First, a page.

A Letter of Intent or an (LOI) is either a non-binding or partially binding document that outlines the basic deal structure of a transaction.
When it comes to the purchase of a business, a Letter of Intent (LOI) is submitted prior to an official purchase agreement by a prospective buyer. This document is typically negotiated between two parties to get the basic deal structure in place. Most often, it is presented and agreed upon before proceeding to the due diligence process or an official purchase agreement.
LOI’s have provisions and special language outlining the basic, but important deal terms.
LOI’s vary greatly from transaction to transaction. Here are some of the common items that can be found:
Purchase Price: The purchase price is the total amount the prospective buyer will pay for the business.
Financing: Outlines the basic deal terms such as down payment, financed amount (either through bank or seller), and if necessary, contingency details.
Due Diligence: The due diligence clause typically refers to the due diligence period. It outlines the length of time the buyer has for their investigation process on the business. There should always be a clear start date and end date. (If you want to learn more about due diligence, read our blog post on “what is due diligence“).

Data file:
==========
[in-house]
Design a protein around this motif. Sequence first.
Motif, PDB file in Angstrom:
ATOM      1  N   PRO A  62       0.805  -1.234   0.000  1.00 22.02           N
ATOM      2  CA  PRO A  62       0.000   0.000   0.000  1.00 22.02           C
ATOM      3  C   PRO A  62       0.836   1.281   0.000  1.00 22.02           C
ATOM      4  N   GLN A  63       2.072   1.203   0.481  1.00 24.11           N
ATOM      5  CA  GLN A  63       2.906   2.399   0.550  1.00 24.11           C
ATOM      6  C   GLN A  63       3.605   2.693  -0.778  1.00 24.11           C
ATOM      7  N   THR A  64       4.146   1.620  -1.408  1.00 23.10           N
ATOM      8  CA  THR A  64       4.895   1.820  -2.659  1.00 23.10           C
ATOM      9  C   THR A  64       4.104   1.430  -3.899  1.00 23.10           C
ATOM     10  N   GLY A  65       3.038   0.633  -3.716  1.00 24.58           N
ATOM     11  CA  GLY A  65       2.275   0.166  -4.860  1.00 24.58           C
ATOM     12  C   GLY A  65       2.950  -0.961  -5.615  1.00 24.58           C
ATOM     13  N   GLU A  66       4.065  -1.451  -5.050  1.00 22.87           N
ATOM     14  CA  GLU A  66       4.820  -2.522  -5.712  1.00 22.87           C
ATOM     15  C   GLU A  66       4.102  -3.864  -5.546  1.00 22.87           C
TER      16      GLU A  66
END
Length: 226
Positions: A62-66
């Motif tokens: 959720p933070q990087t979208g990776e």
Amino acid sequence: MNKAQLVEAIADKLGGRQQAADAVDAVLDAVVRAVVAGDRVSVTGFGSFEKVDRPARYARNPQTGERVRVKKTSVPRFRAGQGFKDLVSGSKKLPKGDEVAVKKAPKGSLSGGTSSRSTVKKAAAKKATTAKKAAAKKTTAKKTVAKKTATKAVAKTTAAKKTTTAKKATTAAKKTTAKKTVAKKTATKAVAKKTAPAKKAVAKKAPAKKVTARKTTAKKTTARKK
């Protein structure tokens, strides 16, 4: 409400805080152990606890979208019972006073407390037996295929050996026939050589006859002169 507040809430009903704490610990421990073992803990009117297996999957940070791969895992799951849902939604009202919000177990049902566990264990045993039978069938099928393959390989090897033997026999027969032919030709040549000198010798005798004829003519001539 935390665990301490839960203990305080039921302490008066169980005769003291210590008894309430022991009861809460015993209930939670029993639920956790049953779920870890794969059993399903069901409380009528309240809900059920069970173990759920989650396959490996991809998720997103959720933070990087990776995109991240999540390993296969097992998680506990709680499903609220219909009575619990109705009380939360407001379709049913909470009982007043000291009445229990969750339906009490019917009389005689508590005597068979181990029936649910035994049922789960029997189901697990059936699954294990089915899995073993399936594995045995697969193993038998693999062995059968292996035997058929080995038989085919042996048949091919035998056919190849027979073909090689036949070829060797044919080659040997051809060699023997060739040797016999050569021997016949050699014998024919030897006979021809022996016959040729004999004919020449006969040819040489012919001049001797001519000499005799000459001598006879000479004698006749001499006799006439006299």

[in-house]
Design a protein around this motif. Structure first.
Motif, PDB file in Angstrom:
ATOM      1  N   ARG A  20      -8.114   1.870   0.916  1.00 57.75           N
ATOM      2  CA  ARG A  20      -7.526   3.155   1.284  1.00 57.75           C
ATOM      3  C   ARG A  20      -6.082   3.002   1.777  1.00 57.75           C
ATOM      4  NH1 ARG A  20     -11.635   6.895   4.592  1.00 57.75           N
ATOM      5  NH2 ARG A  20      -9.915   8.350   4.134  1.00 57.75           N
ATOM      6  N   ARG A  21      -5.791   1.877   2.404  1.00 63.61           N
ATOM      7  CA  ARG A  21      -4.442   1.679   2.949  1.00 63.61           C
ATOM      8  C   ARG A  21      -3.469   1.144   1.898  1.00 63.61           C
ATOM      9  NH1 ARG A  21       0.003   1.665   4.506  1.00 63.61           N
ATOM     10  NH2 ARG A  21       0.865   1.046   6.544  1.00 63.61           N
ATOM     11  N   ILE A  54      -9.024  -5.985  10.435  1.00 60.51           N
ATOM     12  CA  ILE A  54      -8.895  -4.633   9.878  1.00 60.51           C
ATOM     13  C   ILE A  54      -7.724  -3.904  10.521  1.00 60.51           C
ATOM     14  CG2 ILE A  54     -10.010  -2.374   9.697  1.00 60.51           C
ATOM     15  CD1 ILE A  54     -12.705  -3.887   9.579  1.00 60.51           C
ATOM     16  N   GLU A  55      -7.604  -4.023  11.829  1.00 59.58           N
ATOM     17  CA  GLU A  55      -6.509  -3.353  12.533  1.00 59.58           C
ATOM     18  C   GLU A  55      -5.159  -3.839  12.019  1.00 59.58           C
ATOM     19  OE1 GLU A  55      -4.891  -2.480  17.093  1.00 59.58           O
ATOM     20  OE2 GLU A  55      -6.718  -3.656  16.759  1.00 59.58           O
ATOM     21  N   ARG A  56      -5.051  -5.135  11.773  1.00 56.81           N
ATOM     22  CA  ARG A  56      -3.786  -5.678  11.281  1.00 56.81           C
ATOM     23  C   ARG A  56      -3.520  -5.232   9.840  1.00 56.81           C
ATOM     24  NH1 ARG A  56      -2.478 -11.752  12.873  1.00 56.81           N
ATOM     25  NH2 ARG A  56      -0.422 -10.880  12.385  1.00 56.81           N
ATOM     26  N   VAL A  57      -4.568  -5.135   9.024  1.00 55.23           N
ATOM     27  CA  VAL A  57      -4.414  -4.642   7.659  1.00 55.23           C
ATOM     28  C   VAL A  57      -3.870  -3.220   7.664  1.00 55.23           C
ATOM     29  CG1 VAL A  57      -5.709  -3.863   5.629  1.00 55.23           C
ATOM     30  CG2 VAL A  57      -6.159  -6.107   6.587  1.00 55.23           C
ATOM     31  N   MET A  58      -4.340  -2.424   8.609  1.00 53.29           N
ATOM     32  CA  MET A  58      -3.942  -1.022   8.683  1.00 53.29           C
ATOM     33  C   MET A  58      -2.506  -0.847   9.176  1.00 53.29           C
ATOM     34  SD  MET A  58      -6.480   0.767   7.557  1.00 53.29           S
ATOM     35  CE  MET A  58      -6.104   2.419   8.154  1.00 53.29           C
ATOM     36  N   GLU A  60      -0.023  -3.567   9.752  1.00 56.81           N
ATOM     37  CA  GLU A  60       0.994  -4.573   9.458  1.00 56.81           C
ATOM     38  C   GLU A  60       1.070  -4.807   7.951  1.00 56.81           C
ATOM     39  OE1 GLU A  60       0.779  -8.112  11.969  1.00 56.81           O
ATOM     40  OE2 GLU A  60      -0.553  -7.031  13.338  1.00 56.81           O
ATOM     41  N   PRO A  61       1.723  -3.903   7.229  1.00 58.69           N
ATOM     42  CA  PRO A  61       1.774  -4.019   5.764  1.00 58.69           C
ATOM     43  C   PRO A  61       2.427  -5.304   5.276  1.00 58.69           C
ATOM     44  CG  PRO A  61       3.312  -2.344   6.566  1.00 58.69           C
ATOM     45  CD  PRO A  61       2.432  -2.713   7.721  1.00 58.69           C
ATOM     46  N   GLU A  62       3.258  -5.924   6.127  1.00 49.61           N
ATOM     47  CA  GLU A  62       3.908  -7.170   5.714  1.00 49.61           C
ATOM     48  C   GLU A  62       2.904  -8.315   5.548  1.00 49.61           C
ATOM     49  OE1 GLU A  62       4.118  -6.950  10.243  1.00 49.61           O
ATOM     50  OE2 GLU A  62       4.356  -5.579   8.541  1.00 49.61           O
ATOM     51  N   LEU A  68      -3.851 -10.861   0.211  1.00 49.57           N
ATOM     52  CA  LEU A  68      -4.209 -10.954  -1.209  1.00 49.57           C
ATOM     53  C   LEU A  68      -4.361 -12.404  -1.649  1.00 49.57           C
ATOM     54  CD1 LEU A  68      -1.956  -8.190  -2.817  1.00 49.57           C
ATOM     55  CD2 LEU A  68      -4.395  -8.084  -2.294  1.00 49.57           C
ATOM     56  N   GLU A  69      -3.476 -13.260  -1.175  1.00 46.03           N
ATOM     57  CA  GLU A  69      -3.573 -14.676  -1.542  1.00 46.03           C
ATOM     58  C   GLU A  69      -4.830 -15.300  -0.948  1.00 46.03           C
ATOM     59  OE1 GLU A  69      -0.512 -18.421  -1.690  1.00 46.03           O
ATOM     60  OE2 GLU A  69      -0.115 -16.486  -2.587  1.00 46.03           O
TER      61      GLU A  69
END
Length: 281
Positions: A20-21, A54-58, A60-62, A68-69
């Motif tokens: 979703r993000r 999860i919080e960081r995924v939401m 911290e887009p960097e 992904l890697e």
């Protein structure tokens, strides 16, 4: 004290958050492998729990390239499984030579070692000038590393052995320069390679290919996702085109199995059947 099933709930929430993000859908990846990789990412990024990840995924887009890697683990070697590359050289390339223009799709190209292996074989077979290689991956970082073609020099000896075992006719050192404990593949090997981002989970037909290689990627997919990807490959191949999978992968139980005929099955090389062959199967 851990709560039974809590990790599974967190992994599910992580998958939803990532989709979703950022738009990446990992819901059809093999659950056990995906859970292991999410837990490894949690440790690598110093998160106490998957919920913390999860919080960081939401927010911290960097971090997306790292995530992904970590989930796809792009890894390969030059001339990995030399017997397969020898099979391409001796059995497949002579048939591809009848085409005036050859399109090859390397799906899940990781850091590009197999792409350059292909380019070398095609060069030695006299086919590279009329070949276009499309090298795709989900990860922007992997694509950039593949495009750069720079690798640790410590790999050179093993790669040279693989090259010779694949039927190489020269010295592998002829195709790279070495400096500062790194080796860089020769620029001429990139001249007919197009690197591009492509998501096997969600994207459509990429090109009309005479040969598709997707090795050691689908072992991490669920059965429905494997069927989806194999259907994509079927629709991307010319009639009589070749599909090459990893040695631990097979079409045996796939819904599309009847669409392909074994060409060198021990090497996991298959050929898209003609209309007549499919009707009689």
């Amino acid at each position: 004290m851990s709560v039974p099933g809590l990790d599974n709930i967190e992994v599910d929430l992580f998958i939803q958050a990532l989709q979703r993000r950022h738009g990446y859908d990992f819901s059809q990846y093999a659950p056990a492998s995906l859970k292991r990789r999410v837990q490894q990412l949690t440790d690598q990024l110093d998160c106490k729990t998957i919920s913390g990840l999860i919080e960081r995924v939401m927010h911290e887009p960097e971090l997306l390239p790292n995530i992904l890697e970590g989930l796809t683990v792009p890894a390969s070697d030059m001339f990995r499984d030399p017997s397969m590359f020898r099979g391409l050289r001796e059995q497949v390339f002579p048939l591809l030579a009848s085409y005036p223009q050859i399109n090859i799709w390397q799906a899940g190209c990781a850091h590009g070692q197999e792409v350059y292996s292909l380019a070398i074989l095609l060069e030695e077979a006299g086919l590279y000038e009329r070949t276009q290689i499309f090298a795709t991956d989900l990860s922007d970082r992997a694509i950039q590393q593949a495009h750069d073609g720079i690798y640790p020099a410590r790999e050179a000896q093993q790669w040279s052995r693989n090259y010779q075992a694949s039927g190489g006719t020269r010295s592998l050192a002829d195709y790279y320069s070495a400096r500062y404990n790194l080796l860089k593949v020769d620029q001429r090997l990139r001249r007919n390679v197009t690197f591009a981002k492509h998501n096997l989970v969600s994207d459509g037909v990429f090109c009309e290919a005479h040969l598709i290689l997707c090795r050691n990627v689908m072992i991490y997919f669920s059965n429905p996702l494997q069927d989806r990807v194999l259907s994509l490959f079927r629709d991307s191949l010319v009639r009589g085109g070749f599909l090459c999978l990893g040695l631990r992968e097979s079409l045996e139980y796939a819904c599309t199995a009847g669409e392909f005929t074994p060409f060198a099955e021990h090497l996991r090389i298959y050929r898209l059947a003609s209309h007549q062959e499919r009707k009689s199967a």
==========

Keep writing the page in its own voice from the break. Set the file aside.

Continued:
Closing or Conditions of Closing: Usually outlines the high level details about closing the transaction. Some of the items that can be listed here are closing date and important contingencies.
Earnest Money: It is the amount of money paid to confirm the agreement. Since most LOI’s are not completely binding, it is usually required by the seller or broker to confirm the buyer’s seriousness about the purchase of the business.
Expenses: Outlines who pays what expenses.
Expiration: Details the termination of the agreement presented
Please contact us if you have any questions or want to learn more. – Wishing you the best, Alex Khabbaz, Managing Partner and Austin Business Broker for Texas Business Brokers.